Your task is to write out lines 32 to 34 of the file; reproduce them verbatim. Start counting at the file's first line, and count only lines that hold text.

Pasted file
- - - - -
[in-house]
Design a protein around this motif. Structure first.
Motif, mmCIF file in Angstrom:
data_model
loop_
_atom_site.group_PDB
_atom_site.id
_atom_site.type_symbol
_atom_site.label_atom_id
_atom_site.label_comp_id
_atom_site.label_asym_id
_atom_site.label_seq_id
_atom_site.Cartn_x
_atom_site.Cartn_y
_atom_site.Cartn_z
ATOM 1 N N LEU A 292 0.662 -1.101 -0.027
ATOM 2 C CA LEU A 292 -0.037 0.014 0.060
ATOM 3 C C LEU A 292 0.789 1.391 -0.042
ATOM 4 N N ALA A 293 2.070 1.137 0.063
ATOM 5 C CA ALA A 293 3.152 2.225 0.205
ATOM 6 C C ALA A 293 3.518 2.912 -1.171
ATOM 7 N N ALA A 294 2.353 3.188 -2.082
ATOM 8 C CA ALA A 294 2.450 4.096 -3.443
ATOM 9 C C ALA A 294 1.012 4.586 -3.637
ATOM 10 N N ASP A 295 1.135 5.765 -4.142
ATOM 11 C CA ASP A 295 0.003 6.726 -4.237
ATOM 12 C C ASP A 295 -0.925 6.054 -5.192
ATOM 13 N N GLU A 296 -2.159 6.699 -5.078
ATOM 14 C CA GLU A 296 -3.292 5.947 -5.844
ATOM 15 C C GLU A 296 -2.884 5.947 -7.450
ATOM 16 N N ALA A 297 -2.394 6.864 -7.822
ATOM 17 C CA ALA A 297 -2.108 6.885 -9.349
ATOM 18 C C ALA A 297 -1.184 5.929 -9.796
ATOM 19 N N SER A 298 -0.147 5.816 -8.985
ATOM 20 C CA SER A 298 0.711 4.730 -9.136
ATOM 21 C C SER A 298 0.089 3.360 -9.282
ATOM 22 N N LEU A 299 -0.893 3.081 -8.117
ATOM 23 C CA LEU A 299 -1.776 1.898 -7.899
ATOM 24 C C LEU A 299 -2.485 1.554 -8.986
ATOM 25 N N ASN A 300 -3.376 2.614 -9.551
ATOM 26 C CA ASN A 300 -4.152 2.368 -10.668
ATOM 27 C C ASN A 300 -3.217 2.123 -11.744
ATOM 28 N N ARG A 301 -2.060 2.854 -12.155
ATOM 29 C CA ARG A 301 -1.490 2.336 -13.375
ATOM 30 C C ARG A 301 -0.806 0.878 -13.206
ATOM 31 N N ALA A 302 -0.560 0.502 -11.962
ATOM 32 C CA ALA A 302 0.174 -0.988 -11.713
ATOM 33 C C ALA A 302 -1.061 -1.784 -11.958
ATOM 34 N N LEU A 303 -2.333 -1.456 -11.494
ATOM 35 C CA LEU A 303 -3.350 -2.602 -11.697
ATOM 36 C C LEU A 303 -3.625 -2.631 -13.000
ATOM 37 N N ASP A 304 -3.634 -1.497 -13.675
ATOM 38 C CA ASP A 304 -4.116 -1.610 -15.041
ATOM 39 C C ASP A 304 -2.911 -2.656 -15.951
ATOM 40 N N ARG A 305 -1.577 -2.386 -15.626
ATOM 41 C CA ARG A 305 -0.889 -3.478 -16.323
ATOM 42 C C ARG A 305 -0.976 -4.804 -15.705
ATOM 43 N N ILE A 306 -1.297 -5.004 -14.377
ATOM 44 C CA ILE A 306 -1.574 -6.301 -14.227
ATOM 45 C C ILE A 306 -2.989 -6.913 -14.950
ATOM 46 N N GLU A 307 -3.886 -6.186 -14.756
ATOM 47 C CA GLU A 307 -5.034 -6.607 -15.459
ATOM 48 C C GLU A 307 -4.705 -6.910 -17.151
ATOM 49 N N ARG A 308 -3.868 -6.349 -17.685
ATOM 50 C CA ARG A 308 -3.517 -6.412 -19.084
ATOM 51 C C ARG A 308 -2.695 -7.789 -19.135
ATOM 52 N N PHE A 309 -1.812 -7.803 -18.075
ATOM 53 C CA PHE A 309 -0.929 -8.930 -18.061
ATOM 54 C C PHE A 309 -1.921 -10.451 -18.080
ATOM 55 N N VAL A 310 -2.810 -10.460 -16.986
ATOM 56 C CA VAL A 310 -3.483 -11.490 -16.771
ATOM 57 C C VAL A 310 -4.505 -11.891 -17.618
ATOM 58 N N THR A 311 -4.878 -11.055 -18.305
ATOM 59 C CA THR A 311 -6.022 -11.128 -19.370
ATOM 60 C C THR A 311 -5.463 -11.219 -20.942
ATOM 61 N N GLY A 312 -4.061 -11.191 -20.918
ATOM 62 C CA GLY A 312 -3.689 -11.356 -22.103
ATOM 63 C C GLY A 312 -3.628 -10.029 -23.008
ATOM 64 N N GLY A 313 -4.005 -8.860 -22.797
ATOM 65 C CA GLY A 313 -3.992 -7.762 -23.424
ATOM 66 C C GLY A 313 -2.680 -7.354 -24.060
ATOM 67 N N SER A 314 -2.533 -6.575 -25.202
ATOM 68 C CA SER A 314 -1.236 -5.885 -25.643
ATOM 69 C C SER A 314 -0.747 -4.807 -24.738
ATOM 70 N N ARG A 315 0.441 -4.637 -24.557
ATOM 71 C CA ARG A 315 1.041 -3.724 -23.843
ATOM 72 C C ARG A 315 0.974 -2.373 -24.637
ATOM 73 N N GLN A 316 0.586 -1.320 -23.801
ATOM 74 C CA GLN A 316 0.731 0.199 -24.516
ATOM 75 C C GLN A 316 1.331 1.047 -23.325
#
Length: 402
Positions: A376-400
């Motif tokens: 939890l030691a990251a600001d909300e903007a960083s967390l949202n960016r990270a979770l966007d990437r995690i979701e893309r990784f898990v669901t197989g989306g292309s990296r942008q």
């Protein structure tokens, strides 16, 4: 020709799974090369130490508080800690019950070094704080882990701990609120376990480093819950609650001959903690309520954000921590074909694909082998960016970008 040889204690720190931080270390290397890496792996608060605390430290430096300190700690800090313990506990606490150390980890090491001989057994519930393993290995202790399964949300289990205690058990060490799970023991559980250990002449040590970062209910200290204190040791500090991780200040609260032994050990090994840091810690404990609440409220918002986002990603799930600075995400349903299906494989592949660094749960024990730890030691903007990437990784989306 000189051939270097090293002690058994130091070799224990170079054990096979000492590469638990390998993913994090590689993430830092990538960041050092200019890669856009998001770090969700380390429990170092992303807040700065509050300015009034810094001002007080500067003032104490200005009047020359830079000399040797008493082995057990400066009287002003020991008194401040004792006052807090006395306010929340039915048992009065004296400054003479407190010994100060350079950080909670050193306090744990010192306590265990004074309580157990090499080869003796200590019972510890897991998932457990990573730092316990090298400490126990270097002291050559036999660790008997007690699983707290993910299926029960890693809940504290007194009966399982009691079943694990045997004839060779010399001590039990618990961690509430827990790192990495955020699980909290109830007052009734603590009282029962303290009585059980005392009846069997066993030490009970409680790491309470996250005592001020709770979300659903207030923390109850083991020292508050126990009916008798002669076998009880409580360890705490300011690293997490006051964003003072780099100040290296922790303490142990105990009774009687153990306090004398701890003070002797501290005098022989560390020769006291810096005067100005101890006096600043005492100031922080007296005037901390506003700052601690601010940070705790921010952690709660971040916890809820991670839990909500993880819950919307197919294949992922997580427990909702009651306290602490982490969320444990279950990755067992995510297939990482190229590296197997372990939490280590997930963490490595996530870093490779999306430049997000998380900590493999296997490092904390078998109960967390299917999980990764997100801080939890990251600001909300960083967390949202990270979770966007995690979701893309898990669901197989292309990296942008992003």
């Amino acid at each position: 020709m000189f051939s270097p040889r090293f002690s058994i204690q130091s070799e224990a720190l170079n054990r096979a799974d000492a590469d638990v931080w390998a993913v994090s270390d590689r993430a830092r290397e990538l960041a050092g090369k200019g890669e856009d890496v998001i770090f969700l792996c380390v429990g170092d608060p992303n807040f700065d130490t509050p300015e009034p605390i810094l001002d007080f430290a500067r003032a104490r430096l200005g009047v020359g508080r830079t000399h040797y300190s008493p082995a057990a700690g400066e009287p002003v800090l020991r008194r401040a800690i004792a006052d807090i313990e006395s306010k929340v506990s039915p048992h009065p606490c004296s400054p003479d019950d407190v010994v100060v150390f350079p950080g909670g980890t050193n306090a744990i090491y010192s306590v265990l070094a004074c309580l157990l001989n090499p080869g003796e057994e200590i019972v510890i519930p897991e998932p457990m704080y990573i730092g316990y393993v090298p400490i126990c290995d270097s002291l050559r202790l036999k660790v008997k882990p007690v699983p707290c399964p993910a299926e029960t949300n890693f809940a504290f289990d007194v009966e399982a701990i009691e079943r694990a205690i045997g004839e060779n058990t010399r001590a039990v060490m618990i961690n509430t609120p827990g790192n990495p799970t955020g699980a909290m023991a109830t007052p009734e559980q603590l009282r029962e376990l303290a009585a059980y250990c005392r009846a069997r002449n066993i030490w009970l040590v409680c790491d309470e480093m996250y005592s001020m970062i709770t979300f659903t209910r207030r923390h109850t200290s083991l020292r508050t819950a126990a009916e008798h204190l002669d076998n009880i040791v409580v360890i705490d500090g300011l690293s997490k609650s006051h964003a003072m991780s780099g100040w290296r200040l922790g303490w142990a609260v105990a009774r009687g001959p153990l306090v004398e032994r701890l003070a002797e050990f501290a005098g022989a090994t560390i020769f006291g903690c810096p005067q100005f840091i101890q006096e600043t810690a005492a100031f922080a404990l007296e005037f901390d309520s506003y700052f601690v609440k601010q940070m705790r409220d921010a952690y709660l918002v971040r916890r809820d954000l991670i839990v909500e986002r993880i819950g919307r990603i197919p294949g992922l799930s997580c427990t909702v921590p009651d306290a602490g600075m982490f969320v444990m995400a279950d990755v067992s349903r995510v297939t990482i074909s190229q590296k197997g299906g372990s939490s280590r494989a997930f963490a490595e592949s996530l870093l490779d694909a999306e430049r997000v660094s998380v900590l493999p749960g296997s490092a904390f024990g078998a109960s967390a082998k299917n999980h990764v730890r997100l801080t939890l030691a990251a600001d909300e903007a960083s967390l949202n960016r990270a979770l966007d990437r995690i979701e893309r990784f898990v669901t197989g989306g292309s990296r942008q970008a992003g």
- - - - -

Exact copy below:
ATOM 17 C CA ALA A 297 -2.108 6.885 -9.349
ATOM 18 C C ALA A 297 -1.184 5.929 -9.796
ATOM 19 N N SER A 298 -0.147 5.816 -8.985